QUEENS, New York — It’s early evening and Catalina Cruz, the Democratic nominee running for the 39th Assembly District, opens the door at an apartment complex.
“Let’s see if they’re home,” she says to a member of her campaign, as she darts up a flight of stairs in her tennis shoes and arrives at another door and knocks.
Cruz, 35, and her team have knocked on more than 30,000 doors across the 39th district, which encompasses the neighborhoods of Jackson Heights, Corona and Elmhurst in Queens, a borough of New York City and one of the country's most diverse areas.
If Cruz wins on Tuesday, she’ll be the first former Dreamer elected in New York City and the third in office nationwide. The term Dreamer refers to young people who immigrated to the U.S. as children but do not have legal status. Cruz immigrated from Colombia with her family and grew up undocumented; she eventually gained citizenship after she married her high school sweetheart.
“Hello, how are you?” Cruz said in Spanish to a woman who answers the door with a young boy by her side. “Anthony, how have you been? Do you remember me?”
Cruz first met the family several weeks ago when she was out knocking on doors to better know members of the community. At the time, the family wasn’t sure where Cruz stood on the issue of children with special needs, a topic important to them because their son, Anthony, has Down Syndrome.
“When I went upstairs I explained to this gentleman my own story and how I have a commitment to parents to make sure children with special needs get the resources they need from our state,” Cruz told NBC News, recalling the first conversation she had with them. She shared with them that she has a younger brother with Down Syndrome in Colombia.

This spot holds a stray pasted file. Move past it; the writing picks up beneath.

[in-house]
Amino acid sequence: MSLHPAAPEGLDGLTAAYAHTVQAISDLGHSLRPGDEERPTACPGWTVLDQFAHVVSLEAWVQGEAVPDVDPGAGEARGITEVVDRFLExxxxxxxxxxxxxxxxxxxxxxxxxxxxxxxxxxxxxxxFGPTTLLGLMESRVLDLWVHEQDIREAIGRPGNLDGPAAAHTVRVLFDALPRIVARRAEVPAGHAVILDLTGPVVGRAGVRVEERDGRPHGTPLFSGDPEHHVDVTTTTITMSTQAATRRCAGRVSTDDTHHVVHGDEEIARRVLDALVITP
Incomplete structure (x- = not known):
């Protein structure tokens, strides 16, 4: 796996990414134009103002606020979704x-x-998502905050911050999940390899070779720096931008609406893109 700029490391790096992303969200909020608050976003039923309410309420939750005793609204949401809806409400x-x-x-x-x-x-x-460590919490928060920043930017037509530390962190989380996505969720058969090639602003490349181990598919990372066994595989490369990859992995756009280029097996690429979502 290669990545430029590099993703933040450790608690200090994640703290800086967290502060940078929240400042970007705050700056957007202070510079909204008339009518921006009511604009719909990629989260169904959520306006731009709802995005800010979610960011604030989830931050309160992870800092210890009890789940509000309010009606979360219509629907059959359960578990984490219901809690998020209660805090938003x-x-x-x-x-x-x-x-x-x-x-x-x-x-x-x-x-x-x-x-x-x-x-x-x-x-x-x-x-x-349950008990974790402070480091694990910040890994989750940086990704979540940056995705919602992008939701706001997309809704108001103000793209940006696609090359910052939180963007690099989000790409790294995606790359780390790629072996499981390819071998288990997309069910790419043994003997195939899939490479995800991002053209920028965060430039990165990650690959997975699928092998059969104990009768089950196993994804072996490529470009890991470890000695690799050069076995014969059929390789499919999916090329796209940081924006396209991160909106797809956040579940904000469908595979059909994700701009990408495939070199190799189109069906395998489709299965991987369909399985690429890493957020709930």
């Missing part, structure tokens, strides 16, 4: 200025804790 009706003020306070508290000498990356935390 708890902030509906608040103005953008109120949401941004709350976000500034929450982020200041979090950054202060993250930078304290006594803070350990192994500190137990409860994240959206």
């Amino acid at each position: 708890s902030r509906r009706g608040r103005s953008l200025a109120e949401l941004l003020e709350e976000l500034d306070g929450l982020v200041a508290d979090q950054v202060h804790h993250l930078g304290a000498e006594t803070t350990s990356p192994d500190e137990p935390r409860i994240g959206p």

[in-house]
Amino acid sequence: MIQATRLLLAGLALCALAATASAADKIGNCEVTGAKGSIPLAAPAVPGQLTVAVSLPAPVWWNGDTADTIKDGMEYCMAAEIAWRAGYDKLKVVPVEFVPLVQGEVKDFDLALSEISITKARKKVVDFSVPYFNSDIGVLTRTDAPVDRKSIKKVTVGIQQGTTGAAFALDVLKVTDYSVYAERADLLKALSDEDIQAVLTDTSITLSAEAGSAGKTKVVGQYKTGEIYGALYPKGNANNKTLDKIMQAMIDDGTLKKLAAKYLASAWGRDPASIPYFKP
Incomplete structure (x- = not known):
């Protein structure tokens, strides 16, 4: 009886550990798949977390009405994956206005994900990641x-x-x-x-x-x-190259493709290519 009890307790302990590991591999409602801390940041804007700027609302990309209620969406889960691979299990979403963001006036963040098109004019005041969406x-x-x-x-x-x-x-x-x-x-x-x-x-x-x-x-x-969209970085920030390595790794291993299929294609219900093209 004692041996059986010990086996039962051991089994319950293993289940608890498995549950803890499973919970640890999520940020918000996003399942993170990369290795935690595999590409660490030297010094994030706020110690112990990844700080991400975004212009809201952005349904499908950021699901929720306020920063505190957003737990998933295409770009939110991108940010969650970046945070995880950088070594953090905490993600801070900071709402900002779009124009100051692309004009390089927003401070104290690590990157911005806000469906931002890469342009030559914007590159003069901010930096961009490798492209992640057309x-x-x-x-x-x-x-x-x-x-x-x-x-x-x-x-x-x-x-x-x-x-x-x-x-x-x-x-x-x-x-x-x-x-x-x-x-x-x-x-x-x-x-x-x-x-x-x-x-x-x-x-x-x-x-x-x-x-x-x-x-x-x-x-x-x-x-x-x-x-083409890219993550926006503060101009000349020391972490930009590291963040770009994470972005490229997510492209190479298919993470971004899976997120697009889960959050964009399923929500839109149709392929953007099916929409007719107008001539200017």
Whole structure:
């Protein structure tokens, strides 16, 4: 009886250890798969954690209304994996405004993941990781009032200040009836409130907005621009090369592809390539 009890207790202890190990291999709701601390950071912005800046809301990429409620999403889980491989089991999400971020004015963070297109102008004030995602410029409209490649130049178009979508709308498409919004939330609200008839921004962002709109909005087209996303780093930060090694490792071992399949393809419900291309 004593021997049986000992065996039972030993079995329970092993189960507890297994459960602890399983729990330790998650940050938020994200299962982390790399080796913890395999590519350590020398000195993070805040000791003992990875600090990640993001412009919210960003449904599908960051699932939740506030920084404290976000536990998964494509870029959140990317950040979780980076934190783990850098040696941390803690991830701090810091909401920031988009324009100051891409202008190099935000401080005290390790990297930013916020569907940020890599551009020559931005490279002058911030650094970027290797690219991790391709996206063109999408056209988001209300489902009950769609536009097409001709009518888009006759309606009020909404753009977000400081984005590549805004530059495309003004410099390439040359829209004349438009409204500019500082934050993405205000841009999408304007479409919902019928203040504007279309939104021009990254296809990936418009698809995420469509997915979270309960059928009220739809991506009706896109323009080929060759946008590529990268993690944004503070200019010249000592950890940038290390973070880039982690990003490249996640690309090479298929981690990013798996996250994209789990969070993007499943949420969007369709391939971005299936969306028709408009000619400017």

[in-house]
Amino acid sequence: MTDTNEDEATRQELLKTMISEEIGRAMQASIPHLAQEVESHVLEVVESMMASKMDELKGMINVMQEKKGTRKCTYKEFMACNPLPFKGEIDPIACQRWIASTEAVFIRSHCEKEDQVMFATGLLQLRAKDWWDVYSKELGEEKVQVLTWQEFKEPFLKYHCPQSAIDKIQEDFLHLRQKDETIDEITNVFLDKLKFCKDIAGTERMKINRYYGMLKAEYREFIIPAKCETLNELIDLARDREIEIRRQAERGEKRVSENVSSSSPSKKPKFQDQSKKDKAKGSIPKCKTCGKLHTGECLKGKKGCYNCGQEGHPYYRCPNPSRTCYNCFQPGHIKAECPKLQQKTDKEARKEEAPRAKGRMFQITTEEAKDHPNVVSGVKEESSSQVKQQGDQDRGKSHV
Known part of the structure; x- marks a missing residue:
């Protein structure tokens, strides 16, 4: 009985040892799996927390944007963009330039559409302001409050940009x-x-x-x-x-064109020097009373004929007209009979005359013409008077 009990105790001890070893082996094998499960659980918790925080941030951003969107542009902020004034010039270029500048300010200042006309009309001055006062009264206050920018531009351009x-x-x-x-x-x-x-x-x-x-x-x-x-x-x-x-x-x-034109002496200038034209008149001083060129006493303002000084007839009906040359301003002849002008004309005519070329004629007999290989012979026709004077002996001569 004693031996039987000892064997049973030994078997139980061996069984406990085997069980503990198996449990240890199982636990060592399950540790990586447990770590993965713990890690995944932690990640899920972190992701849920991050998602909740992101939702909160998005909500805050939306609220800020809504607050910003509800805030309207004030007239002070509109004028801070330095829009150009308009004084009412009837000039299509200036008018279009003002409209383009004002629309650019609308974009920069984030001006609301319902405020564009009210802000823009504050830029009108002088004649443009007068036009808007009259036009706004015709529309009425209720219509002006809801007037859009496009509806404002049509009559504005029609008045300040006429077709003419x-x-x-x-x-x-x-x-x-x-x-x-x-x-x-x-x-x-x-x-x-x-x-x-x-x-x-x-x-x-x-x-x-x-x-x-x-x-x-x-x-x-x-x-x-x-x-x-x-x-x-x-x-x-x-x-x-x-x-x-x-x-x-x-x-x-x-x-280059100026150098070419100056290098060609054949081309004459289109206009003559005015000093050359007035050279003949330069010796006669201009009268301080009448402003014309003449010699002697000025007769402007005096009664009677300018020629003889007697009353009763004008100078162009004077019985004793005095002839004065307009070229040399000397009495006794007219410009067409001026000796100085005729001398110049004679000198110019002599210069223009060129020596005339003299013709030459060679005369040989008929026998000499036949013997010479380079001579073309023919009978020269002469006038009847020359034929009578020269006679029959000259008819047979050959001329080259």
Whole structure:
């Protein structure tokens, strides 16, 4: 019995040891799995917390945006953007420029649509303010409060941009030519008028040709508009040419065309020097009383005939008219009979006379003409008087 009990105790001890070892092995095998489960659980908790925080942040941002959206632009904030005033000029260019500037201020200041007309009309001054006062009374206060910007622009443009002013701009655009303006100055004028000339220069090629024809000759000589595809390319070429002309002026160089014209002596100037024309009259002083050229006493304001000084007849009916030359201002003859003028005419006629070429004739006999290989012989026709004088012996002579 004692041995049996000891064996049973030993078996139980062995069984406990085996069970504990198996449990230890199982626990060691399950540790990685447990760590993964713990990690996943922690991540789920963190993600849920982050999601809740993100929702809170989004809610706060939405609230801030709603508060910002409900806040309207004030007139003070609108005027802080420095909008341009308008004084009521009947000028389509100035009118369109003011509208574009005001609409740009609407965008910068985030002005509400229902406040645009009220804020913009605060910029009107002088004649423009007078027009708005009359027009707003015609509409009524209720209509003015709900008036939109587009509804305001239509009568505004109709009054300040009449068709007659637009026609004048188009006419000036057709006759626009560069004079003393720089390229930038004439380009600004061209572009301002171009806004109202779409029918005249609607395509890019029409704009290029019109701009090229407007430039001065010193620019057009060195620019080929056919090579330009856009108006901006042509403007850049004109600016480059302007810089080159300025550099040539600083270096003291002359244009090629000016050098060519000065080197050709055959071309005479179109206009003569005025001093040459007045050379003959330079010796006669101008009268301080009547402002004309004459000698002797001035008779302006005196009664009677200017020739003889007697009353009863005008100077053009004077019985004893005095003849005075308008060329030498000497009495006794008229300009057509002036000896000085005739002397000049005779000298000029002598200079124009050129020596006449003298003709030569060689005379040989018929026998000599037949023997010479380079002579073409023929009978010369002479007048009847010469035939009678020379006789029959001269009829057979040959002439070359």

The decision to run wasn’t easy. Cruz remembers sitting in the kitchen watching her mom wash dishes, when she asked her mother if she should consider running for office. One of the factors that spurred her into action was President Donald Trump's decision to rescind the Deferred Action for Childhood Arrivals, known as DACA, an Obama-era program that grants and allows undocumented young people who qualify the opportunity to work and study without fear of deportation.
“She turns off the water, turns and looks at me and said to me, ‘Do you think I went through all I went through for you to decide to be mediocre now?’” said Cruz. Her mother's response caught her off guard.
"'The conversation should not be about whether you should do this,'" Cruz recalls her mother saying. "'The conversation should be you informing me you’re going to do this and asking me for help.”
Even though Cruz’s mom was supportive, she also worried about what people would think about her daughter once they found out she had grown up undocumented.
Yet for Dreamer Monica Sibri, who works in Cruz's campaign, it was the candidate's life story that made her want to join her quest for office.
“I think using the terminology of Dreamer was showing people that no one gets to decide what your identity is and at the end of the day, she’s not doing it just for herself, but for 11 million other undocumented immigrants” Sibri said. “This campaign has allowed me to see the future.”
Cruz said she has struggled with the fact she was formally undocumented and has often felt guilty that she's now a citizen. She's aware of the experiences she represents, and the opportunity that citizenship has given her.
“There are so many people who have the hopes and the dreams and are probably more qualified than I am to do this job, but they don’t get to do it because they don’t have a piece of paper,” said Cruz.
Cruz wraps up her conversation with Anthony's family, but before she leaves their apartment, Anthony's father, Antonio, said they’re going to watching to see if Cruz keeps her promises.
“If she doesn’t, then we’re going to have to give her a little push,” Antonio said jokingly.